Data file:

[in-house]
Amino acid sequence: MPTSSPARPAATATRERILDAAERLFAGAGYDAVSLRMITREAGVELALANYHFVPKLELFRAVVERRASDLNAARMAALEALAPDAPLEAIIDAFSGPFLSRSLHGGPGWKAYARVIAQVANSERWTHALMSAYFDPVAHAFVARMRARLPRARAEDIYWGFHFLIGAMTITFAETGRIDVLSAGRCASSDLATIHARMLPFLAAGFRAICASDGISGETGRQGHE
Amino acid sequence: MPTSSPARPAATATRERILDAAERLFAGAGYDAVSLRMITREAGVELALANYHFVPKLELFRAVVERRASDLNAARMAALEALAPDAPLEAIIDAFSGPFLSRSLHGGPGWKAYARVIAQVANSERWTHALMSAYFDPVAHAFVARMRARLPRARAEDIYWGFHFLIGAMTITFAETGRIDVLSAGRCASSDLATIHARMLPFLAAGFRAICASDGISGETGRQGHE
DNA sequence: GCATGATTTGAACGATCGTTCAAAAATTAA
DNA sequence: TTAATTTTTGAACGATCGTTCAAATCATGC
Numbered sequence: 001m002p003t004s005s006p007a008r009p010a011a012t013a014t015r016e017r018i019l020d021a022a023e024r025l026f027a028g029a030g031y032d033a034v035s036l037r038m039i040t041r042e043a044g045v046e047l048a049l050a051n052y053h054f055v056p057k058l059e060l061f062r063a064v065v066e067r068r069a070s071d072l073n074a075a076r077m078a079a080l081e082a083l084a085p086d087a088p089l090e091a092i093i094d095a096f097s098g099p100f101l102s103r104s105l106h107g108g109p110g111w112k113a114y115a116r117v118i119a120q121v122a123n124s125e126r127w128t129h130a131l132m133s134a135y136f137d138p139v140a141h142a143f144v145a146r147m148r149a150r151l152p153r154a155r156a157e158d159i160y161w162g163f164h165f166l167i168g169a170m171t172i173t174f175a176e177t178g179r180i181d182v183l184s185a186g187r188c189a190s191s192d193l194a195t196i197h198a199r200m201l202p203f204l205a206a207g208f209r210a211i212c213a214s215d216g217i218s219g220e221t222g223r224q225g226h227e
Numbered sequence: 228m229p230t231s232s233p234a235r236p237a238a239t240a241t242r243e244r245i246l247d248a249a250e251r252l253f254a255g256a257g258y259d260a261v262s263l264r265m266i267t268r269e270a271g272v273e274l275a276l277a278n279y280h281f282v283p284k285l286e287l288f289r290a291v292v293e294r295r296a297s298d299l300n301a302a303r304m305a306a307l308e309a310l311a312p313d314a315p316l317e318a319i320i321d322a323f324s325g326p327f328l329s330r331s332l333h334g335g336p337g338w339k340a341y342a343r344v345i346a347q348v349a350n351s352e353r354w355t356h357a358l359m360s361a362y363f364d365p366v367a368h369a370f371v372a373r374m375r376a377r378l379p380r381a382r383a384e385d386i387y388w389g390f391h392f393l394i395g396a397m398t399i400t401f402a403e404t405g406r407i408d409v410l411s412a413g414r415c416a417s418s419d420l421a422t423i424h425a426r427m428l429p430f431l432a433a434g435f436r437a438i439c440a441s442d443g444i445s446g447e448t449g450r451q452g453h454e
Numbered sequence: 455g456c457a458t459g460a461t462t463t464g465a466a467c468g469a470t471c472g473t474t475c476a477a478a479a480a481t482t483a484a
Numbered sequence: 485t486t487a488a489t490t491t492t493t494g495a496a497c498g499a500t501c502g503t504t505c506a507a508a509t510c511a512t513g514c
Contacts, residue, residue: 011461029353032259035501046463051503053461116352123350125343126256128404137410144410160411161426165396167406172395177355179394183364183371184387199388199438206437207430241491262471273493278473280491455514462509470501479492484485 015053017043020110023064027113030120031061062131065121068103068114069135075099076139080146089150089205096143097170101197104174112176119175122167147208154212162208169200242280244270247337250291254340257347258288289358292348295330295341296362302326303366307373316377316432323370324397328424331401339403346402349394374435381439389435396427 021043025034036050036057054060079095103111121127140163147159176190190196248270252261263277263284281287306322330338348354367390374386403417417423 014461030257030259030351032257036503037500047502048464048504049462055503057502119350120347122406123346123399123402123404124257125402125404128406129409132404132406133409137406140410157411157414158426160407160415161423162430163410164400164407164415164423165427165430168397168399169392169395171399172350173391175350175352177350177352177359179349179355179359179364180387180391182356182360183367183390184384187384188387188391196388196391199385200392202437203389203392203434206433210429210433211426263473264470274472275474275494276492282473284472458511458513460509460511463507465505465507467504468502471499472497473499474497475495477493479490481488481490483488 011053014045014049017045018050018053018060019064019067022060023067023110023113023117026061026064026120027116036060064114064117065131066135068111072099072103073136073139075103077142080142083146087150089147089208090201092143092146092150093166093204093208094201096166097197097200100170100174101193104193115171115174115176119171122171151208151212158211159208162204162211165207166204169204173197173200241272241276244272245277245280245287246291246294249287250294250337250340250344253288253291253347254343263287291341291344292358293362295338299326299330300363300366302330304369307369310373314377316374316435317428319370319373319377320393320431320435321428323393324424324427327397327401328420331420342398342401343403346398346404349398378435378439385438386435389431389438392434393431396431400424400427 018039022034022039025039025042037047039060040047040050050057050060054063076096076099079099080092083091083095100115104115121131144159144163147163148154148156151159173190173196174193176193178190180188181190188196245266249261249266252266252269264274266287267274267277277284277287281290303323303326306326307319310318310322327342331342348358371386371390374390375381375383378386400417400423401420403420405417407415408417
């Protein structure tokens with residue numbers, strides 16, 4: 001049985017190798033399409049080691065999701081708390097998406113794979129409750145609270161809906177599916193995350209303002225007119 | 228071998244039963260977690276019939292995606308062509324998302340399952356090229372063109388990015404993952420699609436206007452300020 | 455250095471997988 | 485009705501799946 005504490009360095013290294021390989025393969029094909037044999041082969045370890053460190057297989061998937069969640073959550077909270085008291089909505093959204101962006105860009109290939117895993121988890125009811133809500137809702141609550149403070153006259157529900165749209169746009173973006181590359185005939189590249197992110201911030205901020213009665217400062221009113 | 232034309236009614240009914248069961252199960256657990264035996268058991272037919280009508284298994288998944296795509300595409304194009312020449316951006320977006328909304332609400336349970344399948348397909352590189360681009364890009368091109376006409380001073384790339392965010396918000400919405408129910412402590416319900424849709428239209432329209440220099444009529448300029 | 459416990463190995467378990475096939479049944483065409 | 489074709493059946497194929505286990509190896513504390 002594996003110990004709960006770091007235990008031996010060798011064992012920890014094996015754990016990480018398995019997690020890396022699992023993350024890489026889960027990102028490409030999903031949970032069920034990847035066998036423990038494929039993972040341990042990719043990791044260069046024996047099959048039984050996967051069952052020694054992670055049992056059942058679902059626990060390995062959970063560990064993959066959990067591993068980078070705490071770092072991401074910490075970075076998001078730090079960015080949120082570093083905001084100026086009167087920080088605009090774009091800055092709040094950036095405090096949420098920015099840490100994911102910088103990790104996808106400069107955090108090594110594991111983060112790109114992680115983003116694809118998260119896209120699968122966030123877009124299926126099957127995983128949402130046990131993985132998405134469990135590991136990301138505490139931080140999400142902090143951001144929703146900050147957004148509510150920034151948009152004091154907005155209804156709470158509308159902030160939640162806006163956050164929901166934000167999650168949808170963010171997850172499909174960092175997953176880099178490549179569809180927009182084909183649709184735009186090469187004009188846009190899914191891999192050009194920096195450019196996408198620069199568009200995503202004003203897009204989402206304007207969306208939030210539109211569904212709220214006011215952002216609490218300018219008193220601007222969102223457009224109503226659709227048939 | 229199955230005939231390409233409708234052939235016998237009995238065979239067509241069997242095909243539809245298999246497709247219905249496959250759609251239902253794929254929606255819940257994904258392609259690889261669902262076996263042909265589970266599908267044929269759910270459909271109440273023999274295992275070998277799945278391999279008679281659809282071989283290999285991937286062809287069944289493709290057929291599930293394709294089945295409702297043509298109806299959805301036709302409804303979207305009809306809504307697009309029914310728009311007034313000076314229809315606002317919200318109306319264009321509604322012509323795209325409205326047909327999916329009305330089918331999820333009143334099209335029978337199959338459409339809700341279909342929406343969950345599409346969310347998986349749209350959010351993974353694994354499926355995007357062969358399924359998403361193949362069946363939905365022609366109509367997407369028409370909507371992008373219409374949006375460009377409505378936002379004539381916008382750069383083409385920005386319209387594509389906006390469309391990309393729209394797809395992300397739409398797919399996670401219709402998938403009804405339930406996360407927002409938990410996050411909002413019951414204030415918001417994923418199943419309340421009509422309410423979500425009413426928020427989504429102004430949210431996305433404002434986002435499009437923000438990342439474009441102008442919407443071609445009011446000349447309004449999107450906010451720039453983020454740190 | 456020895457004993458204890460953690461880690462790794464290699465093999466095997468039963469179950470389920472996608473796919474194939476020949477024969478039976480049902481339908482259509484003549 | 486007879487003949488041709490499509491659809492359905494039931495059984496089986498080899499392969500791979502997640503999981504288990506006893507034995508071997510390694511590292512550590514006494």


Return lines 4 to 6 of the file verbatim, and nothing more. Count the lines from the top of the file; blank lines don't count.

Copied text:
DNA sequence: GCATGATTTGAACGATCGTTCAAAAATTAA
DNA sequence: TTAATTTTTGAACGATCGTTCAAATCATGC
Numbered sequence: 001m002p003t004s005s006p007a008r009p010a011a012t013a014t015r016e017r018i019l020d021a022a023e024r025l026f027a028g029a030g031y032d033a034v035s036l037r038m039i040t041r042e043a044g045v046e047l048a049l050a051n052y053h054f055v056p057k058l059e060l061f062r063a064v065v066e067r068r069a070s071d072l073n074a075a076r077m078a079a080l081e082a083l084a085p086d087a088p089l090e091a092i093i094d095a096f097s098g099p100f101l102s103r104s105l106h107g108g109p110g111w112k113a114y115a116r117v118i119a120q121v122a123n124s125e126r127w128t129h130a131l132m133s134a135y136f137d138p139v140a141h142a143f144v145a146r147m148r149a150r151l152p153r154a155r156a157e158d159i160y161w162g163f164h165f166l167i168g169a170m171t172i173t174f175a176e177t178g179r180i181d182v183l184s185a186g187r188c189a190s191s192d193l194a195t196i197h198a199r200m201l202p203f204l205a206a207g208f209r210a211i212c213a214s215d216g217i218s219g220e221t222g223r224q225g226h227e